Rotary engines, such as the Wankel rotary engine, have been have been given consideration as an internal combustion engine that solves some of the inherent problems with reciprocating engines. The rotary engine has demonstrated some advantages over reciprocating piston engines, including smaller volumes, less inertia losses, reduced vibration, fewer components as compared with reciprocating piston-type engines, superior breathing, no valves because the rotor and its seals serve as valves, low-octane fuel requirement, low emissions, and no reciprocating imbalance. In addition, rotary engines generally exhibit an increased power-to-weight ratio due to a reduction of friction and an increase in efficiency derived from the rotary engine.

While rotary engines have demonstrated certain advantages over the reciprocating engine, there remains a need for an improved engine that has high power-to-mass ratio, a high efficiency and is relatively easy to manufacture. Thus, a rotary positive displacement engine solving the aforementioned problems is desired.

SUMMARY OF THE INVENTION

The rotary positive displacement engine includes a main housing having a compressor side, which is defined by a compressor housing, and a rotor side, which is defined by a rotor housing. An output shaft is rotatably supported within the main housing and extends axially from the main housing.

The compressor housing has an inner surface, an outer surface, an inlet port, and discharge port. The inner surface of the compressor housing is configured to define a compression chamber therein. A compressor is disposed within the compressor chamber and is rotatably mounted to the output shaft for compressing the working fluid. A channel is disposed in the lower portion of the compression chamber for storing the compressed working fluid.

A center divider plate is interposed between the compressor housing and the rotor housing. The center divider plate includes a metering port in communication with the channel for injecting the working fluid into the rotor side.

The rotor housing has an inner surface, an outer surface, and an exhaust port. The inner surface of the rotor housing is configured to define a rotor chamber therein. The compressor housing is in communication with the rotor housing so that a working fluid can flow from the compressor side to the rotor side. An engine rotor is disposed within the rotor chamber and is rotatably mounted to the output shaft. The engine rotor has an inner circumference concentrically mounted to the output shaft for rotational movement about a longitudinal axis, and an outer circumference that has at least one working end portion extending radially outward therefrom.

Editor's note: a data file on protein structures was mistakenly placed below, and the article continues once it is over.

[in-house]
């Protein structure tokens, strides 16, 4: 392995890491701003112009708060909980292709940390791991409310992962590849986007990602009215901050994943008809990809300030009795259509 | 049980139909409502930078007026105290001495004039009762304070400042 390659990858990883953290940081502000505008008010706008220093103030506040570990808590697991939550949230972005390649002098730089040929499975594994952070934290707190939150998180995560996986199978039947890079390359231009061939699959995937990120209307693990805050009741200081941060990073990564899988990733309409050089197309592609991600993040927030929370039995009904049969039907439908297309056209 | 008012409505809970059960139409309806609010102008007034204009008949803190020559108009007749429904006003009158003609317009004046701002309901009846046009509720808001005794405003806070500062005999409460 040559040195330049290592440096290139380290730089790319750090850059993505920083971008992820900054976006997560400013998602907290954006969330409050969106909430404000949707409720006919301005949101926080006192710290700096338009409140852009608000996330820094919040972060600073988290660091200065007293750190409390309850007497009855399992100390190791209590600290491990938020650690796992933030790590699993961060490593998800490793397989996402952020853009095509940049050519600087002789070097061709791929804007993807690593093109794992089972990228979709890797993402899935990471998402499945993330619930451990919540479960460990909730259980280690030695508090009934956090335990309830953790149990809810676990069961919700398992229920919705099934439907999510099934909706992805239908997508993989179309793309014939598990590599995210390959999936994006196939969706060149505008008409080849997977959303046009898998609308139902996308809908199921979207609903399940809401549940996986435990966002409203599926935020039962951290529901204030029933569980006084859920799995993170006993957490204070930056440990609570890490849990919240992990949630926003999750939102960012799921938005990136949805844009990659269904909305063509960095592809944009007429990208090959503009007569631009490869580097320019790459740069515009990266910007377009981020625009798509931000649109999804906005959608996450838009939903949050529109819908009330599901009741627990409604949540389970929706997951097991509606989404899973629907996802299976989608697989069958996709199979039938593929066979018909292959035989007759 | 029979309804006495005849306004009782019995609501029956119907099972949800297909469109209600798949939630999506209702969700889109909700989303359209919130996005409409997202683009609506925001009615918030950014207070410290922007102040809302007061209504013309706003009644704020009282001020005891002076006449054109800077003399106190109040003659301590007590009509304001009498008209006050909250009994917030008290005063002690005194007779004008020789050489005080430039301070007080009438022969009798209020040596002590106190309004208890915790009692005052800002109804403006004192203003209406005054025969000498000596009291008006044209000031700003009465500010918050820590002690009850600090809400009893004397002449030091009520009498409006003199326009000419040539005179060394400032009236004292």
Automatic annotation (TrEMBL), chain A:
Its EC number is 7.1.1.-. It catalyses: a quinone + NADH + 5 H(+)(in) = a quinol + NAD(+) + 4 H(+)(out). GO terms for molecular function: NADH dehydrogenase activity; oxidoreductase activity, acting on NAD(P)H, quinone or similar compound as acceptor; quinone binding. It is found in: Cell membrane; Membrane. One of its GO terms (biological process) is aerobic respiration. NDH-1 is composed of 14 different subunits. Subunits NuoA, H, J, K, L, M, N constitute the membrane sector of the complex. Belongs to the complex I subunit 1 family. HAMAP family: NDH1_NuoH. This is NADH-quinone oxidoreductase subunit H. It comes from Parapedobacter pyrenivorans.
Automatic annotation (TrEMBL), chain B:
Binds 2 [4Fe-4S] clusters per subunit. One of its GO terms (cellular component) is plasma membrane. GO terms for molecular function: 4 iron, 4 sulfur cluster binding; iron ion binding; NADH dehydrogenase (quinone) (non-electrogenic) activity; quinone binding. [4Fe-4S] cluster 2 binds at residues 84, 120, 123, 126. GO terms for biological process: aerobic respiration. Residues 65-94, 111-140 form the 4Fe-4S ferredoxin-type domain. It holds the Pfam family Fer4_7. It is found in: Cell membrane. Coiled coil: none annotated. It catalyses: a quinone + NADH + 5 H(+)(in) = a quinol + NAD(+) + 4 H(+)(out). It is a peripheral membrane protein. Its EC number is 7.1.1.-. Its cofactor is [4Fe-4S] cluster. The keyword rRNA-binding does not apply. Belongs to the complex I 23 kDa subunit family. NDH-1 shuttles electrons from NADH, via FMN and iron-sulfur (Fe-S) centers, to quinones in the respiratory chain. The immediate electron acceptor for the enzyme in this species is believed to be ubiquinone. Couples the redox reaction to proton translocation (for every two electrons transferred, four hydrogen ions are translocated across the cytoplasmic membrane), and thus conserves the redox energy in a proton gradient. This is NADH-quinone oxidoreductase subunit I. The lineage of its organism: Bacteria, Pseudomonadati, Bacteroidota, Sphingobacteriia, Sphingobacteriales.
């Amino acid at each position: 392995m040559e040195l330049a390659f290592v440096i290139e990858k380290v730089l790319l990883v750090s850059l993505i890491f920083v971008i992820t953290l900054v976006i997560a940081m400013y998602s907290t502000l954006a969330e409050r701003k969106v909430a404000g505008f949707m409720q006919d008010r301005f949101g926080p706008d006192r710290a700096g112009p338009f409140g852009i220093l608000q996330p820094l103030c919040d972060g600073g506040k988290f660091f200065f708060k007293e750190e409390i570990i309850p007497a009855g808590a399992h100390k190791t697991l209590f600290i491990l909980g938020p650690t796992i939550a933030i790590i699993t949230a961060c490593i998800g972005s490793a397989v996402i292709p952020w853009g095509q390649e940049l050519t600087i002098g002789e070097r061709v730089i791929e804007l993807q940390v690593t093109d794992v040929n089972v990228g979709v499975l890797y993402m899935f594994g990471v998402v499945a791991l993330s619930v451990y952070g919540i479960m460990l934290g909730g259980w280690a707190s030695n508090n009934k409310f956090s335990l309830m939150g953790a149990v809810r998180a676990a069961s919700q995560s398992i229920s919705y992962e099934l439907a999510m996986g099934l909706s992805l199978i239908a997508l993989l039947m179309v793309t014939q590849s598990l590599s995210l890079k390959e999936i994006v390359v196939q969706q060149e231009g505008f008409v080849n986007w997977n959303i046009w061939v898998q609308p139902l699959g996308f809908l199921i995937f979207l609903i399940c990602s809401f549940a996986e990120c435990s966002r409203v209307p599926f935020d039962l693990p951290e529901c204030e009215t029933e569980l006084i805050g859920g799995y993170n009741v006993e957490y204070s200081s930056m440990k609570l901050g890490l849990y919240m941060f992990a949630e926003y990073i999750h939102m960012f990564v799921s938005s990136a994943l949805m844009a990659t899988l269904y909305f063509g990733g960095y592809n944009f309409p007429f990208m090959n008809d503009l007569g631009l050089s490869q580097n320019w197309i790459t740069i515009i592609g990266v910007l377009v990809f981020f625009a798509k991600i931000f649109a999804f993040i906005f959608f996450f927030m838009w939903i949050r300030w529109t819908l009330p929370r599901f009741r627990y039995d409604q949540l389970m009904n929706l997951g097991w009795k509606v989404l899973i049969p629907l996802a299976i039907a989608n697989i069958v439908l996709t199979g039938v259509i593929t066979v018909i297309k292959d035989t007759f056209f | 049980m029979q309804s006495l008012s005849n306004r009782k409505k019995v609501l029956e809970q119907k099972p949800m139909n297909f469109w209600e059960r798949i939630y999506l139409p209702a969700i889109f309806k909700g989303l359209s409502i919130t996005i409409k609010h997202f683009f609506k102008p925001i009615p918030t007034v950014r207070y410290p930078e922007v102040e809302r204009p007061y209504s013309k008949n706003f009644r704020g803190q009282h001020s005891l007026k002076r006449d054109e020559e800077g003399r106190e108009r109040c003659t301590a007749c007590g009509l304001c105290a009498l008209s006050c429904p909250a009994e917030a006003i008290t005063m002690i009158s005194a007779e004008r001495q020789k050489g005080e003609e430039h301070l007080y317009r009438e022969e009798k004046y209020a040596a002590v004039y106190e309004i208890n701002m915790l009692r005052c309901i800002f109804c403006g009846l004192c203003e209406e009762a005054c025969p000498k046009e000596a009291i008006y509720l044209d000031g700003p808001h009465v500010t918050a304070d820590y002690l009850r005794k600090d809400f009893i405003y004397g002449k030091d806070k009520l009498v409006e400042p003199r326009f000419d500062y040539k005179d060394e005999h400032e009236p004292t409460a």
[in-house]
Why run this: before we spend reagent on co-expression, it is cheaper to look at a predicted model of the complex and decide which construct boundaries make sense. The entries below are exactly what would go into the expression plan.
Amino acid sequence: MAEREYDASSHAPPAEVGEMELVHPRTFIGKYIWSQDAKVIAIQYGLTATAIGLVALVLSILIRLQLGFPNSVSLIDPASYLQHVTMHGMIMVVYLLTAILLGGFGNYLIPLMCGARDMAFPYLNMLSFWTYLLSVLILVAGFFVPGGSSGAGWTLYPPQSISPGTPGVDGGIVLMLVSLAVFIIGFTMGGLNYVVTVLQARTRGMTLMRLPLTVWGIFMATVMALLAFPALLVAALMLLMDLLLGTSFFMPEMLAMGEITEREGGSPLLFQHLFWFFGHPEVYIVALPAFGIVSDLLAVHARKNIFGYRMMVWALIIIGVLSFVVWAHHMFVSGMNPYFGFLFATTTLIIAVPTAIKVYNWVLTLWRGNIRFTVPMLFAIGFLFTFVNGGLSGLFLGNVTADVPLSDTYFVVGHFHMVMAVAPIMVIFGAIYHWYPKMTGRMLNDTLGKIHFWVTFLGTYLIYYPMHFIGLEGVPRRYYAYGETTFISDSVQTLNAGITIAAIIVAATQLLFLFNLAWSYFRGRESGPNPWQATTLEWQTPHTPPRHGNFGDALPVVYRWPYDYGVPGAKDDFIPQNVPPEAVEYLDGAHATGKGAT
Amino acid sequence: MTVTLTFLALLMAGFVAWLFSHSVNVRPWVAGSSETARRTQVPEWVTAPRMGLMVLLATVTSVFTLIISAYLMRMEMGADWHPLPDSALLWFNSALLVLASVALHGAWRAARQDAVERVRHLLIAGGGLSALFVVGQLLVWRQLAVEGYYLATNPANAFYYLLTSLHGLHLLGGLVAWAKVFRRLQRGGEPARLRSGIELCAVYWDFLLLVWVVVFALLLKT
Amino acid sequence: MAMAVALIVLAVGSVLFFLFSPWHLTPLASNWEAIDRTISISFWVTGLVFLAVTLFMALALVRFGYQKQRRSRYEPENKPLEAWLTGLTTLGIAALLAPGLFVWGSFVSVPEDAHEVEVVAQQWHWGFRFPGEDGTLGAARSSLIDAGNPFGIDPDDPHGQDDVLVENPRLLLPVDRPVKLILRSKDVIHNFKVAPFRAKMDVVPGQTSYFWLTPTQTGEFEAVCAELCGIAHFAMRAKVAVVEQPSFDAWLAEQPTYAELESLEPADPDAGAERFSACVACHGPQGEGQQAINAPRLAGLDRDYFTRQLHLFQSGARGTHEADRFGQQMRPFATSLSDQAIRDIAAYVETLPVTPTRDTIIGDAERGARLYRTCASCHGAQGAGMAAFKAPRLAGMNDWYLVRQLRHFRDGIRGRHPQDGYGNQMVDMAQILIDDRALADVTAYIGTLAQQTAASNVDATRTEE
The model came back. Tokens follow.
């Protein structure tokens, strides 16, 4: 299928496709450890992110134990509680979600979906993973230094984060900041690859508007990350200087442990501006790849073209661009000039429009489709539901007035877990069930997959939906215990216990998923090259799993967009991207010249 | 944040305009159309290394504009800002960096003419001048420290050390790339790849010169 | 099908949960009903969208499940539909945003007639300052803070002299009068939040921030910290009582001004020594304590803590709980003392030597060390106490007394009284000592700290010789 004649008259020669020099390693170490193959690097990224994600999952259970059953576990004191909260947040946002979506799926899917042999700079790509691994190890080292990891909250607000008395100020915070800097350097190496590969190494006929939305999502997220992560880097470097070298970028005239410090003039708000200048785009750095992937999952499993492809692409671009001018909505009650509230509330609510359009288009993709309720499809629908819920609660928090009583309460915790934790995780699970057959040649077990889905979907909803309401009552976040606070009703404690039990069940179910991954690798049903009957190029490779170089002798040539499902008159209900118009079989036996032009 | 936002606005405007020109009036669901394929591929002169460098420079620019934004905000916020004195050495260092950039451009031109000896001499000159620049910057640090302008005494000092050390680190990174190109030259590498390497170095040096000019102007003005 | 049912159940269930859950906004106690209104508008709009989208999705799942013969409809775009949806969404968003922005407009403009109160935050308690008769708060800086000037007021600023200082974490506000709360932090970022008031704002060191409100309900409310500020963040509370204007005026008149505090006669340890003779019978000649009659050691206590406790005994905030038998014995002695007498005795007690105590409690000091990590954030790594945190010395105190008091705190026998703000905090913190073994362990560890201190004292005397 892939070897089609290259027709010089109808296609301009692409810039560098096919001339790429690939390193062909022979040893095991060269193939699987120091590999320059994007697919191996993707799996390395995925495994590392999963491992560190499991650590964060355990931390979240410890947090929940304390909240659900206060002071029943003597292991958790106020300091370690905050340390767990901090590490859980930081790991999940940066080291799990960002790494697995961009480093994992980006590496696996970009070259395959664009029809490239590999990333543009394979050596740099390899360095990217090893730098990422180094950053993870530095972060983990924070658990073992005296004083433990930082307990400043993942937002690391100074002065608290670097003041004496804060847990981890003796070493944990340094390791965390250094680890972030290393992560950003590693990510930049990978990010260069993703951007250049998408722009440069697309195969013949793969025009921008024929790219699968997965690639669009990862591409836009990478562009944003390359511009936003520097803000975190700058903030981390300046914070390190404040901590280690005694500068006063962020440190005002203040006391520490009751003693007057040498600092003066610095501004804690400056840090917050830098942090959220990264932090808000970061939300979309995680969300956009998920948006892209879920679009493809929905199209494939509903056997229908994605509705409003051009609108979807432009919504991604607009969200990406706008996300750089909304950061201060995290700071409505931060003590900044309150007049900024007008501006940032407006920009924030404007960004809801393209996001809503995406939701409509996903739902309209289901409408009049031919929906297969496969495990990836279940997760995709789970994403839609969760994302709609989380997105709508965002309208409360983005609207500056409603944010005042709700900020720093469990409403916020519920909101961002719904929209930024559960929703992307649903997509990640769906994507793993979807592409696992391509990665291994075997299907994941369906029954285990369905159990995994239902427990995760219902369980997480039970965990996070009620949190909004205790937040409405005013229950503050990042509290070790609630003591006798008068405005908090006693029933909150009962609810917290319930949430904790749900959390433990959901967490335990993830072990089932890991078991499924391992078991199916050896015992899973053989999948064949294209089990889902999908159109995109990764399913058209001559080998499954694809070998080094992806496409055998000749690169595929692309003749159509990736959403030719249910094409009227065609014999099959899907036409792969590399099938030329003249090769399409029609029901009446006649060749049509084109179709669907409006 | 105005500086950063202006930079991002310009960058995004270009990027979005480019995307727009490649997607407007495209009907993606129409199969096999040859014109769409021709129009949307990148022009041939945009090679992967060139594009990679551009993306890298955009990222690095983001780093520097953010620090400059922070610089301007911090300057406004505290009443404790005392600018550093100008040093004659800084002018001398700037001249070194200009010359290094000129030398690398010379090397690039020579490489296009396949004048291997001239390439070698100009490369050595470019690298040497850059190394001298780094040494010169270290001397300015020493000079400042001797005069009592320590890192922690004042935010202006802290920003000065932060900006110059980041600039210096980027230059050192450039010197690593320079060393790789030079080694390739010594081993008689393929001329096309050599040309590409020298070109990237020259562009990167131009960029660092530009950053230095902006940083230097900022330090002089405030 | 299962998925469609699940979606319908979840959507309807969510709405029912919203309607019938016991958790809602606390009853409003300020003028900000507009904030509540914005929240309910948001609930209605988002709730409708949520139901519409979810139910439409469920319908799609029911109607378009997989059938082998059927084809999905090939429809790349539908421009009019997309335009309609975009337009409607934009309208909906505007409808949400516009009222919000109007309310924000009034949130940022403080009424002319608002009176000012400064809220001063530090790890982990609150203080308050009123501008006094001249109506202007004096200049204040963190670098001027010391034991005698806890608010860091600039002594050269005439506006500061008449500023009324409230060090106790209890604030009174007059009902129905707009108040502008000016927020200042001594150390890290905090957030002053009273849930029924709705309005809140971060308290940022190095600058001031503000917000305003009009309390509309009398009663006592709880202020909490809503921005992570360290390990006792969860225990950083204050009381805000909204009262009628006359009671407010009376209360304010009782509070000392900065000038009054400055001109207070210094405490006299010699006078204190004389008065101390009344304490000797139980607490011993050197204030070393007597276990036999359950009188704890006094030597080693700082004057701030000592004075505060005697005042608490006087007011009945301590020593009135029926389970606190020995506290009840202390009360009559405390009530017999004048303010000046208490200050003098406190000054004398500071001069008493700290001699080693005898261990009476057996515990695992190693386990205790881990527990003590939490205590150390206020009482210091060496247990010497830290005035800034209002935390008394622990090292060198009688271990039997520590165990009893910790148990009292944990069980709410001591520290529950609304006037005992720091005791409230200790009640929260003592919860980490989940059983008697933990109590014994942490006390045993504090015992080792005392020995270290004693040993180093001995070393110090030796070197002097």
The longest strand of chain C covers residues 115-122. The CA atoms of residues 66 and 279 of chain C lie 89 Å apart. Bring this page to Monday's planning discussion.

During operation of the rotary positive displacement engine, the working fluid is compressed by the compressor in the compression chamber and is injected into the working end portion of the engine rotor for ignition thereof, which, in turn, causes rotation of the engine rotor and the output shaft about the central longitudinal axis.

These and other features of the present invention will become readily apparent upon consideration of the following specification and drawings.

BRIEF DESCRIPTION OF THE DRAWINGS

FIG. 1 is a vertical section view of a rotary positive displacement engine according to the present invention as seen from the side.

FIG. 2 is an exploded view of the rotary positive displacement engine of FIG. 1.

FIG. 3 is a vertical section view of the engine of FIG. 1 as seen from an end, illustrating the interrelationship of the parts of the multiple vane compression chambers.

FIG. 4 is a section view of the engine of FIG. 1, further illustrating the interrelationship of the parts of the combustion chamber.

FIG. 5 is a diagrammatic front view of a center divider plate of the rotary positive displacement engine of FIG. 1.

FIGS. 6A, 6B, 6C and 6D are diagrammatic section views showing the operating sequence of the rotary positive displacement engine of FIG. 1.

Similar reference characters denote corresponding features consistently throughout the attached drawings.

DETAILED DESCRIPTION OF THE PREFERRED EMBODIMENTS

The present invention relates to a rotary positive displacement engine, indicated generally at 10 in the drawings. Referring to FIGS. 1-5, the rotary positive displacement engine 10 includes a compressor housing 20 joined to a rotor housing 60 to define a main housing 11 having a compressor side and a rotor side. The compressor housing 20 is in fluid communication with the rotor housing 60 to permit fluid flow therebetween, such that a working fluid, such as an air-fuel mixture, flows from the compressor side to the rotor side.

The main housing 11 includes a first end section 11a having a first end wall or plate 14. Opposite first end section. 11a is second end section 11b having a second end wall or plate 16. Interposed between the first and second end sections 11a and 11b, respectively, is an intermediate section 11c having a center divider wall or plate 40. The first and second end plates 14 and 16, respectively, and the center divider plate 40 are connected to the rotor housing 60 and compressor housing 20 by fasteners (not shown). The fasteners are not shown for clarity in the drawings; however, any fastener, such as a nut and bolt assembly, screws, rivets, bolts, pins, or dowels, can be employed as fasteners. Alternatively, the compressor housing 20, center divider plate 40, and rotor housing 60 can be integrally joined together by welding or the like.